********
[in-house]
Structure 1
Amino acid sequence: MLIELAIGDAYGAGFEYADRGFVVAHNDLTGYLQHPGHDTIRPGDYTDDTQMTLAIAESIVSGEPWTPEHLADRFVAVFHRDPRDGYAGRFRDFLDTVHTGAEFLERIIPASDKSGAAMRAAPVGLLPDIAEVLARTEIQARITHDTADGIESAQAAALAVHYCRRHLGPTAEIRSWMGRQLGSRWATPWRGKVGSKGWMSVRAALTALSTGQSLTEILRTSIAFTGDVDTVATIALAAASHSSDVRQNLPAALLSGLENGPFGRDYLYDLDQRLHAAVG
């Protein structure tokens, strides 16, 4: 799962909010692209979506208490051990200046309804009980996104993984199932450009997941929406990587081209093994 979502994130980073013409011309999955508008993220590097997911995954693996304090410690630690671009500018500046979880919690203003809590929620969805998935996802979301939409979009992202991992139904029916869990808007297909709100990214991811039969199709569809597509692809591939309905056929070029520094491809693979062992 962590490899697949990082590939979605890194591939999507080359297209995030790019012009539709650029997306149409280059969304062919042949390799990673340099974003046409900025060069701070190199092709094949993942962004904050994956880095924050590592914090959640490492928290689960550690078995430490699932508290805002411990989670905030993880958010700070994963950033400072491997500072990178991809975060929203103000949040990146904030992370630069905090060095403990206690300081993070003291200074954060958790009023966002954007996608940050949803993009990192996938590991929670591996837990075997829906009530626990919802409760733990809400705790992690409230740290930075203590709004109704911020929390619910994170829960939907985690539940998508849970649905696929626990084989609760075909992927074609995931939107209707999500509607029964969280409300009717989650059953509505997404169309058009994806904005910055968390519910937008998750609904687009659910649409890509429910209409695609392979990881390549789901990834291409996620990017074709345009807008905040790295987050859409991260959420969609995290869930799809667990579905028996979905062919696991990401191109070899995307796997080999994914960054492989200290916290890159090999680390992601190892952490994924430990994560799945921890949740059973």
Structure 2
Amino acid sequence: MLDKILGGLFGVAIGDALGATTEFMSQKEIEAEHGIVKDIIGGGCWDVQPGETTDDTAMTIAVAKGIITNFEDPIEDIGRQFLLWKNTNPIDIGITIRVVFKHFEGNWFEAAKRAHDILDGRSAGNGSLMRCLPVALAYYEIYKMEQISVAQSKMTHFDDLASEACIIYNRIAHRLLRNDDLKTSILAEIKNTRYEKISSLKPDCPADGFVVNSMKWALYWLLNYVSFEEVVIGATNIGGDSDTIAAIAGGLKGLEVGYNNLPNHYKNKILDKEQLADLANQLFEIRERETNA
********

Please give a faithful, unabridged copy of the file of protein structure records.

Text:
[in-house]
Structure 1
Amino acid sequence: MLIELAIGDAYGAGFEYADRGFVVAHNDLTGYLQHPGHDTIRPGDYTDDTQMTLAIAESIVSGEPWTPEHLADRFVAVFHRDPRDGYAGRFRDFLDTVHTGAEFLERIIPASDKSGAAMRAAPVGLLPDIAEVLARTEIQARITHDTADGIESAQAAALAVHYCRRHLGPTAEIRSWMGRQLGSRWATPWRGKVGSKGWMSVRAALTALSTGQSLTEILRTSIAFTGDVDTVATIALAAASHSSDVRQNLPAALLSGLENGPFGRDYLYDLDQRLHAAVG
């Protein structure tokens, strides 16, 4: 799962909010692209979506208490051990200046309804009980996104993984199932450009997941929406990587081209093994 979502994130980073013409011309999955508008993220590097997911995954693996304090410690630690671009500018500046979880919690203003809590929620969805998935996802979301939409979009992202991992139904029916869990808007297909709100990214991811039969199709569809597509692809591939309905056929070029520094491809693979062992 962590490899697949990082590939979605890194591939999507080359297209995030790019012009539709650029997306149409280059969304062919042949390799990673340099974003046409900025060069701070190199092709094949993942962004904050994956880095924050590592914090959640490492928290689960550690078995430490699932508290805002411990989670905030993880958010700070994963950033400072491997500072990178991809975060929203103000949040990146904030992370630069905090060095403990206690300081993070003291200074954060958790009023966002954007996608940050949803993009990192996938590991929670591996837990075997829906009530626990919802409760733990809400705790992690409230740290930075203590709004109704911020929390619910994170829960939907985690539940998508849970649905696929626990084989609760075909992927074609995931939107209707999500509607029964969280409300009717989650059953509505997404169309058009994806904005910055968390519910937008998750609904687009659910649409890509429910209409695609392979990881390549789901990834291409996620990017074709345009807008905040790295987050859409991260959420969609995290869930799809667990579905028996979905062919696991990401191109070899995307796997080999994914960054492989200290916290890159090999680390992601190892952490994924430990994560799945921890949740059973």
Structure 2
Amino acid sequence: MLDKILGGLFGVAIGDALGATTEFMSQKEIEAEHGIVKDIIGGGCWDVQPGETTDDTAMTIAVAKGIITNFEDPIEDIGRQFLLWKNTNPIDIGITIRVVFKHFEGNWFEAAKRAHDILDGRSAGNGSLMRCLPVALAYYEIYKMEQISVAQSKMTHFDDLASEACIIYNRIAHRLLRNDDLKTSILAEIKNTRYEKISSLKPDCPADGFVVNSMKWALYWLLNYVSFEEVVIGATNIGGDSDTIAAIAGGLKGLEVGYNNLPNHYKNKILDKEQLADLANQLFEIRERETNA